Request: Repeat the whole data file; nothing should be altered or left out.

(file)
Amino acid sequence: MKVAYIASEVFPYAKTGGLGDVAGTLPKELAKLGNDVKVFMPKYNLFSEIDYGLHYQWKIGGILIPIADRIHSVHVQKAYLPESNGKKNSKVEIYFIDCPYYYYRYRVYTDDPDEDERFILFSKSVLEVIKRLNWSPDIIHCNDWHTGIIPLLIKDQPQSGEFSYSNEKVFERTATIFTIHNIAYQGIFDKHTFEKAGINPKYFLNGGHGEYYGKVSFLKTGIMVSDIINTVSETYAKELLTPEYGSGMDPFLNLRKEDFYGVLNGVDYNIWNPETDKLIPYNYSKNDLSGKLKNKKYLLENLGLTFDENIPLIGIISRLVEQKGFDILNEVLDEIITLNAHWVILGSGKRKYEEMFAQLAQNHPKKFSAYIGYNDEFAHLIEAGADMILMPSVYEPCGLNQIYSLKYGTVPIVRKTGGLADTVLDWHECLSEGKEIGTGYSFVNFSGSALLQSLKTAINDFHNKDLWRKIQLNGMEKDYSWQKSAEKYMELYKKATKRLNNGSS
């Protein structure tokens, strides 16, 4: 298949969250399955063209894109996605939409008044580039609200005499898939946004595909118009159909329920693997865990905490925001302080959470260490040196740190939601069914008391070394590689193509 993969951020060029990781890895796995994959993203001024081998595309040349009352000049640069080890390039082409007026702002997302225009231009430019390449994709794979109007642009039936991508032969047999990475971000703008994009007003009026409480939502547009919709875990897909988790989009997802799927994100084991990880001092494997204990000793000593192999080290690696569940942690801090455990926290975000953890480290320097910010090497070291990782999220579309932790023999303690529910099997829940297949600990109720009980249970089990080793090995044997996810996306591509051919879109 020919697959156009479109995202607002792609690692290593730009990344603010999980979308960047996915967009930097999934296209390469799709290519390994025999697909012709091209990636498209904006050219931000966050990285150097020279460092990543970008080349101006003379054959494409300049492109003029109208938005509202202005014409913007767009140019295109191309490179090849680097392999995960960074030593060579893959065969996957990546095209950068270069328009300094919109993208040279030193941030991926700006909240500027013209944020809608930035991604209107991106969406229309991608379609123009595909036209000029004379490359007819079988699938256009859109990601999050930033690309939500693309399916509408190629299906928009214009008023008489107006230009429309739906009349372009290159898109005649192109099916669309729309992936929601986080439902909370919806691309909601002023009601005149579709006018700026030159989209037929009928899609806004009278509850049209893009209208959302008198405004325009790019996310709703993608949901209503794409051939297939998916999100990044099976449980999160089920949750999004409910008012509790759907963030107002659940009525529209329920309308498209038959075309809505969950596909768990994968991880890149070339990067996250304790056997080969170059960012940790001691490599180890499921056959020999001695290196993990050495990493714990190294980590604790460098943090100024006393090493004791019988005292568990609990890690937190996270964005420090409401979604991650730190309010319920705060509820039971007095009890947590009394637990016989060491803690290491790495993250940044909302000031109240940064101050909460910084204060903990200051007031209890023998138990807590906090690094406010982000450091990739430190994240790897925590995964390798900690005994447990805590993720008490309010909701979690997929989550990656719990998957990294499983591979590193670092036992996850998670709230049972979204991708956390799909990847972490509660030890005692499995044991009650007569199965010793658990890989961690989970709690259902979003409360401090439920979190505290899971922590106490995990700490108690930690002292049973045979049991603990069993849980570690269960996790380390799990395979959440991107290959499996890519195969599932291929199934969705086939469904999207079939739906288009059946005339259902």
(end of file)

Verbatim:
Amino acid sequence: MKVAYIASEVFPYAKTGGLGDVAGTLPKELAKLGNDVKVFMPKYNLFSEIDYGLHYQWKIGGILIPIADRIHSVHVQKAYLPESNGKKNSKVEIYFIDCPYYYYRYRVYTDDPDEDERFILFSKSVLEVIKRLNWSPDIIHCNDWHTGIIPLLIKDQPQSGEFSYSNEKVFERTATIFTIHNIAYQGIFDKHTFEKAGINPKYFLNGGHGEYYGKVSFLKTGIMVSDIINTVSETYAKELLTPEYGSGMDPFLNLRKEDFYGVLNGVDYNIWNPETDKLIPYNYSKNDLSGKLKNKKYLLENLGLTFDENIPLIGIISRLVEQKGFDILNEVLDEIITLNAHWVILGSGKRKYEEMFAQLAQNHPKKFSAYIGYNDEFAHLIEAGADMILMPSVYEPCGLNQIYSLKYGTVPIVRKTGGLADTVLDWHECLSEGKEIGTGYSFVNFSGSALLQSLKTAINDFHNKDLWRKIQLNGMEKDYSWQKSAEKYMELYKKATKRLNNGSS
């Protein structure tokens, strides 16, 4: 298949969250399955063209894109996605939409008044580039609200005499898939946004595909118009159909329920693997865990905490925001302080959470260490040196740190939601069914008391070394590689193509 993969951020060029990781890895796995994959993203001024081998595309040349009352000049640069080890390039082409007026702002997302225009231009430019390449994709794979109007642009039936991508032969047999990475971000703008994009007003009026409480939502547009919709875990897909988790989009997802799927994100084991990880001092494997204990000793000593192999080290690696569940942690801090455990926290975000953890480290320097910010090497070291990782999220579309932790023999303690529910099997829940297949600990109720009980249970089990080793090995044997996810996306591509051919879109 020919697959156009479109995202607002792609690692290593730009990344603010999980979308960047996915967009930097999934296209390469799709290519390994025999697909012709091209990636498209904006050219931000966050990285150097020279460092990543970008080349101006003379054959494409300049492109003029109208938005509202202005014409913007767009140019295109191309490179090849680097392999995960960074030593060579893959065969996957990546095209950068270069328009300094919109993208040279030193941030991926700006909240500027013209944020809608930035991604209107991106969406229309991608379609123009595909036209000029004379490359007819079988699938256009859109990601999050930033690309939500693309399916509408190629299906928009214009008023008489107006230009429309739906009349372009290159898109005649192109099916669309729309992936929601986080439902909370919806691309909601002023009601005149579709006018700026030159989209037929009928899609806004009278509850049209893009209208959302008198405004325009790019996310709703993608949901209503794409051939297939998916999100990044099976449980999160089920949750999004409910008012509790759907963030107002659940009525529209329920309308498209038959075309809505969950596909768990994968991880890149070339990067996250304790056997080969170059960012940790001691490599180890499921056959020999001695290196993990050495990493714990190294980590604790460098943090100024006393090493004791019988005292568990609990890690937190996270964005420090409401979604991650730190309010319920705060509820039971007095009890947590009394637990016989060491803690290491790495993250940044909302000031109240940064101050909460910084204060903990200051007031209890023998138990807590906090690094406010982000450091990739430190994240790897925590995964390798900690005994447990805590993720008490309010909701979690997929989550990656719990998957990294499983591979590193670092036992996850998670709230049972979204991708956390799909990847972490509660030890005692499995044991009650007569199965010793658990890989961690989970709690259902979003409360401090439920979190505290899971922590106490995990700490108690930690002292049973045979049991603990069993849980570690269960996790380390799990395979959440991107290959499996890519195969599932291929199934969705086939469904999207079939739906288009059946005339259902």